They don’t want to meet me in person, and they don’t want to hear my voice or see my face. They do want regular updates and reports.
Lately I have been working with more sellers who I don’t meet in person. Sometimes I never meet them, and sometimes they come to Minnesota for the closing because we have this quirky business practice where we close at a closing table in person, though we can do it long distance, too.
A couple of weeks ago I met Beth for the first time. She walked up to my car and said, "Hi," as I was getting out. I had no idea who she was, but when she greeted me I recognized her voice. She contacted me late last summer when she was looking for an agent to list her home. She lives in Florida.
Like many of my new clients, she found me on the Internet, through my blog. She read it for awhile and then filled out a form requesting a comparative market analysis. We went back and forth via e-mail for a few weeks.
Then one day my phone rang and we talked. I listed her house and sold it within a few weeks.
Some of my current sellers fit the same profile, and I will never meet them in person. They don’t particularly like phone calls, especially not while they are at work. They certainly don’t want to come up to Minnesota during our horrendous cold snap just to list a home.
They hire me for one thing and for one thing only: to take care of everything and get their home sold quickly without bothering them or disrupting their lives in any way.
They don’t want to be wined and dined, and they never receive gifts from me or cards or go to a party with me. They don’t much care if I am a people person and they are not looking for a friend. They are looking for someone they can trust and who will do her job.
They want to be updated on showings and on general market conditions and, of course, they want to know what I am doing to sell their home. When it is all over I get referrals from them, too. …CONTINUED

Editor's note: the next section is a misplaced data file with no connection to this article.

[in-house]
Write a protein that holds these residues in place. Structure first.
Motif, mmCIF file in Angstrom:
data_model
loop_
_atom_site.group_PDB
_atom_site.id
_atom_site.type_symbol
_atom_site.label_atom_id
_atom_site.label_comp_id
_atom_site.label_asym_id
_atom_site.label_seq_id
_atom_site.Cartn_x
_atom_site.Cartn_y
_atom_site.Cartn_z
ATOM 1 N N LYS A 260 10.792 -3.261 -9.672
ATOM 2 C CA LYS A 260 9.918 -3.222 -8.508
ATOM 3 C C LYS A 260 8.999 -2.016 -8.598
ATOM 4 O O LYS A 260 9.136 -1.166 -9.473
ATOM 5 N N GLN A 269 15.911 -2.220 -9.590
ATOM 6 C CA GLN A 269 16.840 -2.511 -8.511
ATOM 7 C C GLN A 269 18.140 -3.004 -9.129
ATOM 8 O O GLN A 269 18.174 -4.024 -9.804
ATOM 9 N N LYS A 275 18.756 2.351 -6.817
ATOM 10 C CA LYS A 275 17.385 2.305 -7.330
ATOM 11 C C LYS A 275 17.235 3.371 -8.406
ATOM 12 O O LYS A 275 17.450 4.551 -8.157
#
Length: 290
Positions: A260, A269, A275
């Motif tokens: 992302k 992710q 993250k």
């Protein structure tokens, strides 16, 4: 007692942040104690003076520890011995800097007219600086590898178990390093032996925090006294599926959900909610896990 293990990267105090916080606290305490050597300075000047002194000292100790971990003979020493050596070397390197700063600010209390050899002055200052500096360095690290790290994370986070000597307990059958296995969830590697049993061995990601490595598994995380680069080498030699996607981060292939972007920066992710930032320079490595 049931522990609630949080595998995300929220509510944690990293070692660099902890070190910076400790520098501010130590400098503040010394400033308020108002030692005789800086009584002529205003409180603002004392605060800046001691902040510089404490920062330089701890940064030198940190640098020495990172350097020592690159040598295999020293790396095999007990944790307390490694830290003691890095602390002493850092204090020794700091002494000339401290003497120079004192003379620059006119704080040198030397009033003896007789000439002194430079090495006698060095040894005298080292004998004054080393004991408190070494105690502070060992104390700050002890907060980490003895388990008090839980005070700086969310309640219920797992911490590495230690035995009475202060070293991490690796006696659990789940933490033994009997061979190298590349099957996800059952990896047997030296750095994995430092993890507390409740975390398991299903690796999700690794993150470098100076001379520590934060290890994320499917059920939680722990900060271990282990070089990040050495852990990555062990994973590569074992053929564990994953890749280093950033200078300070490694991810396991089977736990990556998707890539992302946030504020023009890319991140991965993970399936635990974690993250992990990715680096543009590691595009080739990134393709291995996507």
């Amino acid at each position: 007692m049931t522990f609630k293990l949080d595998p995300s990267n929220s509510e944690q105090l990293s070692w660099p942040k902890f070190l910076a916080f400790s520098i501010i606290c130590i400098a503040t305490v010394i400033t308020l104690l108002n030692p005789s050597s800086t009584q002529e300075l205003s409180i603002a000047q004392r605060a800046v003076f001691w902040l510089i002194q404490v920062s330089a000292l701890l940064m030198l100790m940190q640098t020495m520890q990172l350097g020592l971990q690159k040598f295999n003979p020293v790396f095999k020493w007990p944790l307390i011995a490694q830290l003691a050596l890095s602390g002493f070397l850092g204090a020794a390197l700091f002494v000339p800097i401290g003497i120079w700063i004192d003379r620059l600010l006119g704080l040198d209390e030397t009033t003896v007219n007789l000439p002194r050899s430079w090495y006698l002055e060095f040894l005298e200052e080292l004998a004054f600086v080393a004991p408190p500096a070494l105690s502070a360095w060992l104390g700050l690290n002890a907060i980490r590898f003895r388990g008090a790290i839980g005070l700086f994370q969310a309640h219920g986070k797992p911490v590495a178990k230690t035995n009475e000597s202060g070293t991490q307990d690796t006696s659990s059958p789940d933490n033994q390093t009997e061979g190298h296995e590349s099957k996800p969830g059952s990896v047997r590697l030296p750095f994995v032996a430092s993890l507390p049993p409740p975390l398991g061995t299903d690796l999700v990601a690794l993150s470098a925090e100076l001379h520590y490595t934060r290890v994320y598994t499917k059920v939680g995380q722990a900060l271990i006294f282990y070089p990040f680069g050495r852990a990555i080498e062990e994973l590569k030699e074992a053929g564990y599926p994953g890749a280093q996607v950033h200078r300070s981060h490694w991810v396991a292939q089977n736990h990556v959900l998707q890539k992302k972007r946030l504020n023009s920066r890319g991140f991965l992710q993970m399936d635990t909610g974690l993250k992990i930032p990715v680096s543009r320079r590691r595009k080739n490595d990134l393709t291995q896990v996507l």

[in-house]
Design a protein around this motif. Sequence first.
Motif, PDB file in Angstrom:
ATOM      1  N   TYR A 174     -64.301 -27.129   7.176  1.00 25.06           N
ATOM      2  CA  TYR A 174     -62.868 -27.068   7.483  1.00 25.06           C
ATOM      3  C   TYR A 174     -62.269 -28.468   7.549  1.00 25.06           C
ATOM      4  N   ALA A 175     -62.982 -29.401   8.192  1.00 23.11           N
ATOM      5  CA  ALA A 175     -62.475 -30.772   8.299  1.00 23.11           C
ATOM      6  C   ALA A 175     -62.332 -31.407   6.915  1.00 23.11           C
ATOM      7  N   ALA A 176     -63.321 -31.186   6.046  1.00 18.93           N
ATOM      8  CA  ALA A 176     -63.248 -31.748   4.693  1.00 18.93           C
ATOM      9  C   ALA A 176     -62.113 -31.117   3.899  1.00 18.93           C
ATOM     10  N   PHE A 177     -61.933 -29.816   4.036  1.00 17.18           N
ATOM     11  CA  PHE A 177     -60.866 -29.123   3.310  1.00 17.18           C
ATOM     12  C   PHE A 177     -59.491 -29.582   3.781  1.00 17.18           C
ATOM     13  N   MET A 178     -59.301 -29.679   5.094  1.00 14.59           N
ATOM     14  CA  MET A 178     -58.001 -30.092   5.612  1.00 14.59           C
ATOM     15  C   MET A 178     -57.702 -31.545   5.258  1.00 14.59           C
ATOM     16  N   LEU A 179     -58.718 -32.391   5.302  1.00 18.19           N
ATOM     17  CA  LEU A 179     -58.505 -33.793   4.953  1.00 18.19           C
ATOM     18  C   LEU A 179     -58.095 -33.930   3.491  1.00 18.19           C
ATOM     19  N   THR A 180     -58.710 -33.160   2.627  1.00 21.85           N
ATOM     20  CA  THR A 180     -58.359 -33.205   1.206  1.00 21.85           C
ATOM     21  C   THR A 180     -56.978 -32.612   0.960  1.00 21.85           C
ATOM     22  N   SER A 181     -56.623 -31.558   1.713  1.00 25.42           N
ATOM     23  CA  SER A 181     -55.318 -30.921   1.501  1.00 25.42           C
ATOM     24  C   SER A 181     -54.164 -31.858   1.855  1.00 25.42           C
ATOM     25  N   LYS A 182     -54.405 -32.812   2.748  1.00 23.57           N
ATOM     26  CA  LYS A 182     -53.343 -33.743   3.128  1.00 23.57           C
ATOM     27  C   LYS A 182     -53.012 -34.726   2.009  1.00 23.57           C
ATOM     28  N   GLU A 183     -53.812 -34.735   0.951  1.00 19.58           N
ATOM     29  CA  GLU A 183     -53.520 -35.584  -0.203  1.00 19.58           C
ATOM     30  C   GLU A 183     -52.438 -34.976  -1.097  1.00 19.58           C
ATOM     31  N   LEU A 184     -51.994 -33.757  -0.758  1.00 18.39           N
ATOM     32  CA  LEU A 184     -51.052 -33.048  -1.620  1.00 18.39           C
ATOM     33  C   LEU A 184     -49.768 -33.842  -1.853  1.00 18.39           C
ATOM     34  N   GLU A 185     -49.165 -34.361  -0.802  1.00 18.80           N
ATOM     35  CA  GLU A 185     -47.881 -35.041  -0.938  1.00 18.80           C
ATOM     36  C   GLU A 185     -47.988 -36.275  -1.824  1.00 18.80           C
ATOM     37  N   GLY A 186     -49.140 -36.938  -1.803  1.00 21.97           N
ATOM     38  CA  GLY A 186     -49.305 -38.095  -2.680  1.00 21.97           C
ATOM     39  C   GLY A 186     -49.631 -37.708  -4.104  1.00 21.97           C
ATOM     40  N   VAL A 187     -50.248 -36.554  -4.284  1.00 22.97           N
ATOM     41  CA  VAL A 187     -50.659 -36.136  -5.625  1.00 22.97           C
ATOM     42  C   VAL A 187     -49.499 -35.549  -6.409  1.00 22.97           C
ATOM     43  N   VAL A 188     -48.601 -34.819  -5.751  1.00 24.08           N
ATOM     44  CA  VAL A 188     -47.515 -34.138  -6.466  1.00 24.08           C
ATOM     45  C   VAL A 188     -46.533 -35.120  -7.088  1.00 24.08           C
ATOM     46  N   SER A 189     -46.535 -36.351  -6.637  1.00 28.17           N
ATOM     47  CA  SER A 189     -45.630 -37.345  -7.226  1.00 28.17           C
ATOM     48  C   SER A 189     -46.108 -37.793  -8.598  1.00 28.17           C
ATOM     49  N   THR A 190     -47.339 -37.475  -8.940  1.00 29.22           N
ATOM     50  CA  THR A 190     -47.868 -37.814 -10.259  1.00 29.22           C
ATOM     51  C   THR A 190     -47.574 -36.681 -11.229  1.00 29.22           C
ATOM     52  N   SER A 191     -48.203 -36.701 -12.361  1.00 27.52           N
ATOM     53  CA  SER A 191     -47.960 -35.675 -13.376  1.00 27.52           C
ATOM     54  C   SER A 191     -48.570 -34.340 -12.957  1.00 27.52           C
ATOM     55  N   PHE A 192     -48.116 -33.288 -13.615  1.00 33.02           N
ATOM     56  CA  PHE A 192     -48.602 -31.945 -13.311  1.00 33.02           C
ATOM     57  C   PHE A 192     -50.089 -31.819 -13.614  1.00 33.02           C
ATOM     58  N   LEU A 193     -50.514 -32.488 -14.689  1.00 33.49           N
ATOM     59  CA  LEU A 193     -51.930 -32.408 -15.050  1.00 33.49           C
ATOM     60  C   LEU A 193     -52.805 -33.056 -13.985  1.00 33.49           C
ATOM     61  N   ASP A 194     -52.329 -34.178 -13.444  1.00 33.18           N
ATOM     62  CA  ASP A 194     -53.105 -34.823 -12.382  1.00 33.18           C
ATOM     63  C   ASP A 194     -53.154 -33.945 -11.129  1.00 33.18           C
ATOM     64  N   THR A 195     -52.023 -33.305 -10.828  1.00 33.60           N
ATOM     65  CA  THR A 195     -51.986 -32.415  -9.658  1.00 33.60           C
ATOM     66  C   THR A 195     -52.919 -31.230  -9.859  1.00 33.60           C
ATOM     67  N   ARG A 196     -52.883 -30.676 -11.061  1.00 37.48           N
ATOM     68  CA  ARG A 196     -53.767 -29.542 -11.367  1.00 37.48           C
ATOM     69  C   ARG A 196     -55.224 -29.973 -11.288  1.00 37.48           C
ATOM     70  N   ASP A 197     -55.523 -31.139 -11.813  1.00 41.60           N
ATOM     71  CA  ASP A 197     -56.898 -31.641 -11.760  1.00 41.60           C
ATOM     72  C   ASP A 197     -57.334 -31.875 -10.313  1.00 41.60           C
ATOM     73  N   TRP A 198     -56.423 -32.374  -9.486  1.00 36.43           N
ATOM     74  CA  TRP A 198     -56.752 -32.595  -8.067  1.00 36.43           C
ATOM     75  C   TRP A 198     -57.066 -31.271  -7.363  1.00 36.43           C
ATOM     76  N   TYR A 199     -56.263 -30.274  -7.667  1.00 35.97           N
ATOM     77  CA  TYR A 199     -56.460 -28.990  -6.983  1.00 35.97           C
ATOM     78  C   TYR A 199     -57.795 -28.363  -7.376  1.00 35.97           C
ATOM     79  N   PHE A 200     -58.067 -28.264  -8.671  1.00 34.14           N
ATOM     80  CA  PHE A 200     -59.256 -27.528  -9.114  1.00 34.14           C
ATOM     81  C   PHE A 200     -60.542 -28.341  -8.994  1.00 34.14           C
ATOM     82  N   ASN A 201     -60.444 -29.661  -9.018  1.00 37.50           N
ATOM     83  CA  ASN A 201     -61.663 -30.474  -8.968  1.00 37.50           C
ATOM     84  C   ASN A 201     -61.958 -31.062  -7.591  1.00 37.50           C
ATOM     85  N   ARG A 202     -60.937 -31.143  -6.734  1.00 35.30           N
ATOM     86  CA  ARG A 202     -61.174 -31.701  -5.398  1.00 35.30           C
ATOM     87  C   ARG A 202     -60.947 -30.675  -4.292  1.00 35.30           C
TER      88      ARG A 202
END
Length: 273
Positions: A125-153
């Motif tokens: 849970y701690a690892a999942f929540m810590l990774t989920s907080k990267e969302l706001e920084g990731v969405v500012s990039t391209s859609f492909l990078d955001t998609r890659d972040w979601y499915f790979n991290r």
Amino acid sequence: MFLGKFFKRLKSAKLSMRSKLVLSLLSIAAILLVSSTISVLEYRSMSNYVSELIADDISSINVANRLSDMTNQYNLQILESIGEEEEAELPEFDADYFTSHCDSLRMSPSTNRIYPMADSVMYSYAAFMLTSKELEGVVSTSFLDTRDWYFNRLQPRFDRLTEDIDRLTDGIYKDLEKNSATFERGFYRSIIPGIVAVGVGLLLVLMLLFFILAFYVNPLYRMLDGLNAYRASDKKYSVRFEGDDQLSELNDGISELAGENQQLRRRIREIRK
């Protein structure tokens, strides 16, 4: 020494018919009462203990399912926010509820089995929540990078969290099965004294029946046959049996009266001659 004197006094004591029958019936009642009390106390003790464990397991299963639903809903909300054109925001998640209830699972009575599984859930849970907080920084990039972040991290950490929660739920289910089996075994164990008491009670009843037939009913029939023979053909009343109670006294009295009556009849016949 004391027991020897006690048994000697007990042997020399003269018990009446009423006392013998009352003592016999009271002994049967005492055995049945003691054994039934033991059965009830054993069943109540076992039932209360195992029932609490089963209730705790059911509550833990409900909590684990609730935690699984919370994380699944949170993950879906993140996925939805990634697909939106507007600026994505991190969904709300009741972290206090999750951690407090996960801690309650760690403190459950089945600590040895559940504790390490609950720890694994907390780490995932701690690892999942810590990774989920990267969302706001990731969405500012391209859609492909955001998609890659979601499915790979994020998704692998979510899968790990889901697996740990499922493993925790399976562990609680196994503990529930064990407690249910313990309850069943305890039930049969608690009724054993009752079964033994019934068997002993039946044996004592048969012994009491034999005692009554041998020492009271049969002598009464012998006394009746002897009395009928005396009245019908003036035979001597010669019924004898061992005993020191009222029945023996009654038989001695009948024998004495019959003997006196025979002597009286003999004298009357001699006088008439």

I set them up with an account on the Internet so they can go to a Web site that will list any showings or upcoming showings on their home. They can also see the feedback if there is any from showings that have already taken place.
They get a report that I set up through our multiple listing service that is automatically generated when there is activity in the area on comparable homes. If there are no updates, I send a note stating that there are no updates so they know that I am on the job.
Technology makes working with absentee sellers fairly easy. Forms and contracts are sent via e-mail with a list of instructions. With some sellers I set up a meeting over the Internet and I show them the forms on my screen and we go through them line by line.
It has always been important to me to know that anyone who is signing a legal contract knows what they are signing. If I have any indication that they don’t, I contact them.
The Internet is not always the enemy coming between us and direct contact with our clients; it is a tool we can use to help them. E-mail and the Internet should be just as much of a priority as answering the phone and meeting people face-to-face if the goal is to win business and sell real estate.
Customer service is all about what my clients want and me doing my job. It is up to me to ask the right questions and find out what kind of communication my clients want and what is the most important to them in the sale of their home.
My absentee sellers are a reminder to me that what all my sellers are really looking for is someone who will sell their home. It is a business relationship. Face-to-face contact is important in business, but it is not always necessary or even desirable.
Teresa Boardman is a broker in St. Paul, Minn., and founder of the St. Paul Real Estate blog.
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